While the Swiss government wants to make amends with the EU by releasing the so-called “cohesion billions” as soon as possible, the Senate is in no hurry.This content was published on August 3, 2021 - 11:32
The cohesion contribution, a CHF1.2 billion ($1.3 billion) payment to be made to the European Union (EU), goes towards financing reforms in newer members of the bloc. This would be the second such payment by the Swiss, after an initial contribution was approved by voters in 2006.
The current payment was ratified in 2019 by parliament, but the funds have not been released following various spats with the EU, notably around stock market equivalence.
After the Swiss government unilaterally walked away from seven years of talks on a new framework treaty with the EU in May, it pledged to press parliament to release the funds “as soon as possible” as a way of smoothing over relations.
However, the Senate might be less willing to push through the ratification of the funds quickly, Swiss public radio, SRF, reported on Tuesday.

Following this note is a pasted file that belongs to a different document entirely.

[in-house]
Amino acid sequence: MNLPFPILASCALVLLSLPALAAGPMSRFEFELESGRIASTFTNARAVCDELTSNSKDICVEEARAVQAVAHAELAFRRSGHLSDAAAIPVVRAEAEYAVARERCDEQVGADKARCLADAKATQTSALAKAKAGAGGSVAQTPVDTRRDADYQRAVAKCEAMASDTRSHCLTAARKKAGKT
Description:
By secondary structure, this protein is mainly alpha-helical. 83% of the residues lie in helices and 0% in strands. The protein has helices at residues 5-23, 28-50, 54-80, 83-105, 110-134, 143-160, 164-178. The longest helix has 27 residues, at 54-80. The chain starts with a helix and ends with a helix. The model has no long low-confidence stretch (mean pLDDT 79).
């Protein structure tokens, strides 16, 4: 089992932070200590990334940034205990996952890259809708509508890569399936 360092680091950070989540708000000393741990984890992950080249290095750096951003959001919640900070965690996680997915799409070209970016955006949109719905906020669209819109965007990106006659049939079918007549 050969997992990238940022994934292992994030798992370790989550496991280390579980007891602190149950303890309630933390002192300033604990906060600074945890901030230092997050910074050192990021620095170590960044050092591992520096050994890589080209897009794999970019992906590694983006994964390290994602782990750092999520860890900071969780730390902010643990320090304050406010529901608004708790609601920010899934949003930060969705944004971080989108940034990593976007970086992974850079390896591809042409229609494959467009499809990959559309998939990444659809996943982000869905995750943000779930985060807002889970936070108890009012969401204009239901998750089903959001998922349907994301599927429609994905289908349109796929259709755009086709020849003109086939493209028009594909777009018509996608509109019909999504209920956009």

A five-person office, led by Senate president Alex Kuprecht from the right-wing Swiss People’s Party, says that normal procedure should continue: in one session an issue is discussed in one chamber, in the next session in the other. This would mean that the decision would have to wait until the winter session at the end of the year.
“We will not allow this bill to be rushed through both chambers in the same session,” Kuprecht told SRF.
‘Won’t be pressured’
Kuprecht also said he had received phone calls from politicians and interest groups in a bid to speed up the process, but he said “the Senate won’t allow itself to be pressured”.
However, Matthias Michel from the Liberal-Radical Party said such a go-slow would be detrimental. The Senate should support the government in its efforts to “normalise” relations with Brussels, he told SRF.
Michel said foreign policy was the government’s responsibility and the Senate shouldn’t hinder the use of the cohesion payment as an “instrument” to repair the unclear relations with Brussels.